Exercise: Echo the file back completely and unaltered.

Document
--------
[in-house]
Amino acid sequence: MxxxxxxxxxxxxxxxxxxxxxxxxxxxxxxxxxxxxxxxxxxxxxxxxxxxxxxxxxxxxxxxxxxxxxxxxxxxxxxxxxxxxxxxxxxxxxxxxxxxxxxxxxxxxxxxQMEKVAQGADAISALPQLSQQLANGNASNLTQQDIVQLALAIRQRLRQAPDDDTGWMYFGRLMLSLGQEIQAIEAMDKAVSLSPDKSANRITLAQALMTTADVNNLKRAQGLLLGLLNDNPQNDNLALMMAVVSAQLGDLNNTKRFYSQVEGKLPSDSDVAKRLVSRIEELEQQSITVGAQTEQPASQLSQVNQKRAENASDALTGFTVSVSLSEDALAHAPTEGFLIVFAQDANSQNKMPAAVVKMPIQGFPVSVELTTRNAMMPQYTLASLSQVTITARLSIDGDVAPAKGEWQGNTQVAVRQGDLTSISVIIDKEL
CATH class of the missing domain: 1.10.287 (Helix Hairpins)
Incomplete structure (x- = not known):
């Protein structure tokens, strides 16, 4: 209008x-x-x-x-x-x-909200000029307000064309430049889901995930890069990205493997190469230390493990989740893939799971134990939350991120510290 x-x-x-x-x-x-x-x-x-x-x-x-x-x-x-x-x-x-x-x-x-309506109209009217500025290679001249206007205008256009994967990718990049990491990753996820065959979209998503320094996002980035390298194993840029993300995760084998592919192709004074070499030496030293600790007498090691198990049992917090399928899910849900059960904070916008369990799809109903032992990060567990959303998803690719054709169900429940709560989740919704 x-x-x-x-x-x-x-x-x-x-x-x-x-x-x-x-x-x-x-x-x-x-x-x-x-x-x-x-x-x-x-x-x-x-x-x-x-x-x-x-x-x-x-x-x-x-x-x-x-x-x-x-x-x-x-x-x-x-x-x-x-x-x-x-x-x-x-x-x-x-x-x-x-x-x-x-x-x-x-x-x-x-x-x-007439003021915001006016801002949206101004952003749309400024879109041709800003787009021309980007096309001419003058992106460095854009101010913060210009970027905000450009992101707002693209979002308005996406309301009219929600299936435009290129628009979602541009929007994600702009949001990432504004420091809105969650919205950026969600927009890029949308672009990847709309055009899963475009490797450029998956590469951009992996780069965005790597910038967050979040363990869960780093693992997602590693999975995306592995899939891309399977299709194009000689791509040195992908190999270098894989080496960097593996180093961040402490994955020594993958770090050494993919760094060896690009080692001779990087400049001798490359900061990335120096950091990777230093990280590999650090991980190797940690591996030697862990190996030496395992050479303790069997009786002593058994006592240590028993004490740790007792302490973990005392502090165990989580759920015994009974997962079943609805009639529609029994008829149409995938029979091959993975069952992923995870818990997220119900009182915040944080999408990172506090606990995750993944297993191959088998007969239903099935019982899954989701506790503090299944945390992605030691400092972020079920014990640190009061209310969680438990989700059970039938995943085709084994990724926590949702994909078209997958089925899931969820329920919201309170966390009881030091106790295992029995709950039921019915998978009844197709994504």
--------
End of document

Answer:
[in-house]
Amino acid sequence: MxxxxxxxxxxxxxxxxxxxxxxxxxxxxxxxxxxxxxxxxxxxxxxxxxxxxxxxxxxxxxxxxxxxxxxxxxxxxxxxxxxxxxxxxxxxxxxxxxxxxxxxxxxxxxxxQMEKVAQGADAISALPQLSQQLANGNASNLTQQDIVQLALAIRQRLRQAPDDDTGWMYFGRLMLSLGQEIQAIEAMDKAVSLSPDKSANRITLAQALMTTADVNNLKRAQGLLLGLLNDNPQNDNLALMMAVVSAQLGDLNNTKRFYSQVEGKLPSDSDVAKRLVSRIEELEQQSITVGAQTEQPASQLSQVNQKRAENASDALTGFTVSVSLSEDALAHAPTEGFLIVFAQDANSQNKMPAAVVKMPIQGFPVSVELTTRNAMMPQYTLASLSQVTITARLSIDGDVAPAKGEWQGNTQVAVRQGDLTSISVIIDKEL
CATH class of the missing domain: 1.10.287 (Helix Hairpins)
Incomplete structure (x- = not known):
């Protein structure tokens, strides 16, 4: 209008x-x-x-x-x-x-909200000029307000064309430049889901995930890069990205493997190469230390493990989740893939799971134990939350991120510290 x-x-x-x-x-x-x-x-x-x-x-x-x-x-x-x-x-x-x-x-x-309506109209009217500025290679001249206007205008256009994967990718990049990491990753996820065959979209998503320094996002980035390298194993840029993300995760084998592919192709004074070499030496030293600790007498090691198990049992917090399928899910849900059960904070916008369990799809109903032992990060567990959303998803690719054709169900429940709560989740919704 x-x-x-x-x-x-x-x-x-x-x-x-x-x-x-x-x-x-x-x-x-x-x-x-x-x-x-x-x-x-x-x-x-x-x-x-x-x-x-x-x-x-x-x-x-x-x-x-x-x-x-x-x-x-x-x-x-x-x-x-x-x-x-x-x-x-x-x-x-x-x-x-x-x-x-x-x-x-x-x-x-x-x-x-007439003021915001006016801002949206101004952003749309400024879109041709800003787009021309980007096309001419003058992106460095854009101010913060210009970027905000450009992101707002693209979002308005996406309301009219929600299936435009290129628009979602541009929007994600702009949001990432504004420091809105969650919205950026969600927009890029949308672009990847709309055009899963475009490797450029998956590469951009992996780069965005790597910038967050979040363990869960780093693992997602590693999975995306592995899939891309399977299709194009000689791509040195992908190999270098894989080496960097593996180093961040402490994955020594993958770090050494993919760094060896690009080692001779990087400049001798490359900061990335120096950091990777230093990280590999650090991980190797940690591996030697862990190996030496395992050479303790069997009786002593058994006592240590028993004490740790007792302490973990005392502090165990989580759920015994009974997962079943609805009639529609029994008829149409995938029979091959993975069952992923995870818990997220119900009182915040944080999408990172506090606990995750993944297993191959088998007969239903099935019982899954989701506790503090299944945390992605030691400092972020079920014990640190009061209310969680438990989700059970039938995943085709084994990724926590949702994909078209997958089925899931969820329920919201309170966390009881030091106790295992029995709950039921019915998978009844197709994504």